It's also important to consider your new workspace. If you conduct virtual meetings or require a noise-free background, make sure you can accommodate for this before arriving. Often, hotels have a conference room or quiet area that you can utilize. Talk to the hotel in advance to find out what options they offer.
If you’re moving to a house and awaiting your computer desk, chair, and other items, you’ll need to make do before they arrive. Introduce yourself to your neighbors, and don’t be afraid to borrow items until yours arrive. A borrowed chair and dinner tray can suffice in a pinch!
Tip No. 4: Make sure you have a reliable internet connection
Hotel and public Wi-Fi are not reliable or secure sources to work from. Consider what type of an internet source you’ll have and if it’ll be efficient for your work needs. If you have a house lined up before your move, do some research. Find out who the best internet service provider for your area will be, and have your internet installed and set up before you arrive. If that’s not possible, set up an appointment with them in advance to have it installed shortly after you arrive.
If you’re staying in a hotel, consider working from a VPN app or a hotspot from your phone or other device.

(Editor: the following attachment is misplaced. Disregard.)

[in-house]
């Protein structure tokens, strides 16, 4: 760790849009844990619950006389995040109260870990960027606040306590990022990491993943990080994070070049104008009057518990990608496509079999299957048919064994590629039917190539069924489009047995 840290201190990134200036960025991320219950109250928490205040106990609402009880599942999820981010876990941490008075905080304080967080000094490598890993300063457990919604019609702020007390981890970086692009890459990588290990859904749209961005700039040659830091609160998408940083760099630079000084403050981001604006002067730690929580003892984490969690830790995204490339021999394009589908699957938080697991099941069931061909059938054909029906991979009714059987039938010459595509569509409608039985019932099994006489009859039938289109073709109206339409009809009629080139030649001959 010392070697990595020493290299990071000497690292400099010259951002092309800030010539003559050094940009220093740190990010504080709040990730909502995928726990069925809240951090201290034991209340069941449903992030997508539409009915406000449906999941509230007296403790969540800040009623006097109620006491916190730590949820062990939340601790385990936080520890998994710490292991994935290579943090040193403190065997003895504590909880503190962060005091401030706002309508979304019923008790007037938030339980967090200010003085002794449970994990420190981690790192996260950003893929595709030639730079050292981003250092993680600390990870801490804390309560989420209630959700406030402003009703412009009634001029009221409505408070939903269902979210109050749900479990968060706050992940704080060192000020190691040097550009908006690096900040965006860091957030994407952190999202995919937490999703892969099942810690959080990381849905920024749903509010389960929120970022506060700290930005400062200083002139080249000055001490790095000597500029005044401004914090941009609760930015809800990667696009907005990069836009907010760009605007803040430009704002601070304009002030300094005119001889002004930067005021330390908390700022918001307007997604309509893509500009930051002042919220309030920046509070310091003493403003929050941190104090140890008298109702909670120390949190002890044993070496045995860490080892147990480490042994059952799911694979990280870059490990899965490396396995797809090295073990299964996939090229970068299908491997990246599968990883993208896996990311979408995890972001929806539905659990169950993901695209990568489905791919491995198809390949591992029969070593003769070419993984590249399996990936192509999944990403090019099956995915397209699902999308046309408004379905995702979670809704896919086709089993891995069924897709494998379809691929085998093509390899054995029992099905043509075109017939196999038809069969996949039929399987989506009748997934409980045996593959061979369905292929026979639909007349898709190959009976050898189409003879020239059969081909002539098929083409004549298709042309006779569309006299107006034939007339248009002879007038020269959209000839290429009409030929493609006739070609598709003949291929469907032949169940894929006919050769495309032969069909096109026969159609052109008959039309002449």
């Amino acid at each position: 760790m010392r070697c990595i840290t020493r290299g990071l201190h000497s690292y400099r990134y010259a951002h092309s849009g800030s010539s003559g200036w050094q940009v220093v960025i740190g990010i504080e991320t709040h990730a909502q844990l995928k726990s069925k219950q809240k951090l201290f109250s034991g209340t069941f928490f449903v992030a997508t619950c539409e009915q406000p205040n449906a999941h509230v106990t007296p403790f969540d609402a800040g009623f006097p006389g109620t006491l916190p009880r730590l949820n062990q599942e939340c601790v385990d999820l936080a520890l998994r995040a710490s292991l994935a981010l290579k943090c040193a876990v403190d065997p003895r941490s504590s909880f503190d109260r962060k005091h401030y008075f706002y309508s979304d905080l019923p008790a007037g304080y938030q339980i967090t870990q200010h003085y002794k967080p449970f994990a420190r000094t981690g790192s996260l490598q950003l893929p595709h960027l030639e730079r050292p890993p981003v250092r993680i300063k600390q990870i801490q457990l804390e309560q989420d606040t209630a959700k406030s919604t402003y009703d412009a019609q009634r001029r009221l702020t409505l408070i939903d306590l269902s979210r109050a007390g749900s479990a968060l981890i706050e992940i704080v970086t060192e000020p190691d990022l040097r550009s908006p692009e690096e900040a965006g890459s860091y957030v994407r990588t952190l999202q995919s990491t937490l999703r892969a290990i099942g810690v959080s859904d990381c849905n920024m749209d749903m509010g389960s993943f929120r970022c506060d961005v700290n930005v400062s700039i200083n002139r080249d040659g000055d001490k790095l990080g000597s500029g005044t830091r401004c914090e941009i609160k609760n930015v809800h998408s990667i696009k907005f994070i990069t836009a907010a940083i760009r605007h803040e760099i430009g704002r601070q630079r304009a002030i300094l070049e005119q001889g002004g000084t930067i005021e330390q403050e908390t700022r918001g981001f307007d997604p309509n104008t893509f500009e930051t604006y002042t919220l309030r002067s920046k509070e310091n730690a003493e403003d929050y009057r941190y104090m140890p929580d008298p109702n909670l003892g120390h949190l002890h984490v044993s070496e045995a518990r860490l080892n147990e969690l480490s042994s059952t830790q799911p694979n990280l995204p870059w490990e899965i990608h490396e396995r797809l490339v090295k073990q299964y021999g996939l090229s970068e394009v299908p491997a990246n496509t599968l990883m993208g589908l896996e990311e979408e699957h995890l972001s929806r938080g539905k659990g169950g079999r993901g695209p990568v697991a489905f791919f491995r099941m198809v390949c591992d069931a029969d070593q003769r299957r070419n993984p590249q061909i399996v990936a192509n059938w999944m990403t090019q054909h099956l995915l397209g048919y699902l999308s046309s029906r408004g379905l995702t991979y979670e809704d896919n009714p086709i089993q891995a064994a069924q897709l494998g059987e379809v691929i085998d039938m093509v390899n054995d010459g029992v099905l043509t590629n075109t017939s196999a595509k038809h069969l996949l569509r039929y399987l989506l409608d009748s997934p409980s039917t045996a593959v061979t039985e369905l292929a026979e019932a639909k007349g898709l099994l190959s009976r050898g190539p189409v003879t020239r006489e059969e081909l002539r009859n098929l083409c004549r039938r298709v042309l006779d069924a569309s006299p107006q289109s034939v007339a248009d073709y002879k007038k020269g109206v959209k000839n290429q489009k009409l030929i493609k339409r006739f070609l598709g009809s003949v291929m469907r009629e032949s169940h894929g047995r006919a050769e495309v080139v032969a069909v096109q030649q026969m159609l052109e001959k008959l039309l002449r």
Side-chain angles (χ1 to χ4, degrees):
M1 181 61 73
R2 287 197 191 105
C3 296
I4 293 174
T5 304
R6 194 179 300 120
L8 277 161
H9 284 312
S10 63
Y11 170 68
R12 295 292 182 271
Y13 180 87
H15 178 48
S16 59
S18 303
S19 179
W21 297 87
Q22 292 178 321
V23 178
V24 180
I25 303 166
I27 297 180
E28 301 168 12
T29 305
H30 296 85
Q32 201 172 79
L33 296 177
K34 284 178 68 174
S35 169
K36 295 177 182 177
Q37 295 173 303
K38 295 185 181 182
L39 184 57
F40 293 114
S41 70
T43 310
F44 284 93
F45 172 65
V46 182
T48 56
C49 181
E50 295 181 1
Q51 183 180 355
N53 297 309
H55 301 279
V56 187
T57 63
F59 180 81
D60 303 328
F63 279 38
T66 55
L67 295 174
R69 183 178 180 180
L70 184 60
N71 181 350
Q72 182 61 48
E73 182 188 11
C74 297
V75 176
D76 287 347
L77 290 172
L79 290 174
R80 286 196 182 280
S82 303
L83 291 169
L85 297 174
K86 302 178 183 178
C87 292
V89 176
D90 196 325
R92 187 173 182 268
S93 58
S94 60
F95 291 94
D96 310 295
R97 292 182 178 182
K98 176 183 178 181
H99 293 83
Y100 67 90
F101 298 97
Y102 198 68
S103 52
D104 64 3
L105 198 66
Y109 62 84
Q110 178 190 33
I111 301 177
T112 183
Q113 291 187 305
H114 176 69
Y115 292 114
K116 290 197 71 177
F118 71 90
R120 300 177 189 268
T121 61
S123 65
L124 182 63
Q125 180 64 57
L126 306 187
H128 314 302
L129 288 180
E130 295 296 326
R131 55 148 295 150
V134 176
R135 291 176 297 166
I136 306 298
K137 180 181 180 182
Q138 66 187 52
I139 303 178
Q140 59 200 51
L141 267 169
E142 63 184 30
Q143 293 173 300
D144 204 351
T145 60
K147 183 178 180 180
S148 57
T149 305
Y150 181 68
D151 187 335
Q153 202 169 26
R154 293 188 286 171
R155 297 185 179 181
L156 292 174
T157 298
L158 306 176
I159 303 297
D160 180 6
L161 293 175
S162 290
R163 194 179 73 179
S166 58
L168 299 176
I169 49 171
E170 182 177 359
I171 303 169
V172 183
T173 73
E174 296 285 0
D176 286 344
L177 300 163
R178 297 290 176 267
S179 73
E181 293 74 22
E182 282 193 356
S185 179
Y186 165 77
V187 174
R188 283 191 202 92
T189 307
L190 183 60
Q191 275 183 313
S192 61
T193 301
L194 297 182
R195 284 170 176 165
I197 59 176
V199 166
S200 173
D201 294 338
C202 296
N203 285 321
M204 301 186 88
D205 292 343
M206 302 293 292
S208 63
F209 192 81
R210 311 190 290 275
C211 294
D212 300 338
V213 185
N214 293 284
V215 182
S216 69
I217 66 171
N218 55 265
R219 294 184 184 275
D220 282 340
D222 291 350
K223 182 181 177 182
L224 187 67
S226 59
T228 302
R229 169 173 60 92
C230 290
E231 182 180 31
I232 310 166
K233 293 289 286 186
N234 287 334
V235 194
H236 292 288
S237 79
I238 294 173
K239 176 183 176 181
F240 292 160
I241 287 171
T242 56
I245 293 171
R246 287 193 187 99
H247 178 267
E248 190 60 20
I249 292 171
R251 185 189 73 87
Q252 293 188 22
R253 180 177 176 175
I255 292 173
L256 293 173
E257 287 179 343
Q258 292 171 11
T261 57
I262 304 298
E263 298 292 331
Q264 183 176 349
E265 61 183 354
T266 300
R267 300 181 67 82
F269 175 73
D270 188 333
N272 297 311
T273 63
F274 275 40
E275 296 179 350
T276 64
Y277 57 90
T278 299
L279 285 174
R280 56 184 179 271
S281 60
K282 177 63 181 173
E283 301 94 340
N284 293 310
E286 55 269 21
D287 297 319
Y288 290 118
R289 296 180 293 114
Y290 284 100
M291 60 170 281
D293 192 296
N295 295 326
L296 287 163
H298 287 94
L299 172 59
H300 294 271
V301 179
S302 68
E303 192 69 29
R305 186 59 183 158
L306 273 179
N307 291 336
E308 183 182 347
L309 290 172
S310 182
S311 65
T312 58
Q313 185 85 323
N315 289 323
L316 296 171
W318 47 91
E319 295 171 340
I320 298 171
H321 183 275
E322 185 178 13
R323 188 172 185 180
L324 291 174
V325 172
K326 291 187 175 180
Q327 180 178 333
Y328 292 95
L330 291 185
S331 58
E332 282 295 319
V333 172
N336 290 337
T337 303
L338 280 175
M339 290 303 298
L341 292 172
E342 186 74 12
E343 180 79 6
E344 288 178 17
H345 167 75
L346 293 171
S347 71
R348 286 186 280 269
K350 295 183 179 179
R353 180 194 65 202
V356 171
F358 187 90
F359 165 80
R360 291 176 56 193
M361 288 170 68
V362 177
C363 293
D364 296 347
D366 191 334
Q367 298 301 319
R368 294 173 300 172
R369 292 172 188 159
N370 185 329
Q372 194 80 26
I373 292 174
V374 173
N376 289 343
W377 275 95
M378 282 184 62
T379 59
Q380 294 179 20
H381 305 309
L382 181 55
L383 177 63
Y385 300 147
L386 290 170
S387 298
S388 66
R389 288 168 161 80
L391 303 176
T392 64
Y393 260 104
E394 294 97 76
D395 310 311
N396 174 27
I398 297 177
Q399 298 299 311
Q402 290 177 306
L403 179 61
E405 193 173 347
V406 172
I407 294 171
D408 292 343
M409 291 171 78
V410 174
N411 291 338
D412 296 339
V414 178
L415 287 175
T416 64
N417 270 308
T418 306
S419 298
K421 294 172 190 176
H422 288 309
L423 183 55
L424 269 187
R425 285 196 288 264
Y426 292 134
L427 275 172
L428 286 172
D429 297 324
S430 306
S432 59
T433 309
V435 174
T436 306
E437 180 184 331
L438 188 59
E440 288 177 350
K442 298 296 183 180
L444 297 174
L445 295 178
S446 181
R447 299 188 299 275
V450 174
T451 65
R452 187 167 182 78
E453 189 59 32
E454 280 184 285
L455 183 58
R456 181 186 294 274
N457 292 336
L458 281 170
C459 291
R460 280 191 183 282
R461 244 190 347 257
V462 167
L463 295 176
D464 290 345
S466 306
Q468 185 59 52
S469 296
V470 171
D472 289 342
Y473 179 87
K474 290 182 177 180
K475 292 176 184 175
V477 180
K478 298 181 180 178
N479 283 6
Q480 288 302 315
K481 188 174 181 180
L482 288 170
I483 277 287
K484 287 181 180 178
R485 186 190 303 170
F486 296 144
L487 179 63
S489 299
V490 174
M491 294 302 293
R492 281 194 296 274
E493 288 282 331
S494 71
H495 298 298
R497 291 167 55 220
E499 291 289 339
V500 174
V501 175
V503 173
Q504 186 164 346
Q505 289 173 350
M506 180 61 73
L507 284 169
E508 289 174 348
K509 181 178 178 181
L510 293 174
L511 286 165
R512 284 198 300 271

Hackers are everywhere, so making sure you have a secure internet connection will keep you and your information safe.
Tip No. 5: Roll with the punches
You’re a military spouse, which means you’re amongst the most resilient, stoic, innovative, adaptive, and inspiring group of people. Don’t forget it! Your move will not be perfect, and you’ll likely encounter some hiccups along the way, but knowing that you’re prepared will have you sailing through your job duties and this PCS!
About the Author: Chantel Cooke is a Proctor at the Digital Works Fort Campbell facility. Her signature strengths are outreach, mentoring, and assessment review. She is responsible for guiding, mentoring, and teaching individuals to become skilled and confident in remote job positions that improve the lives and family dynamics within the military community.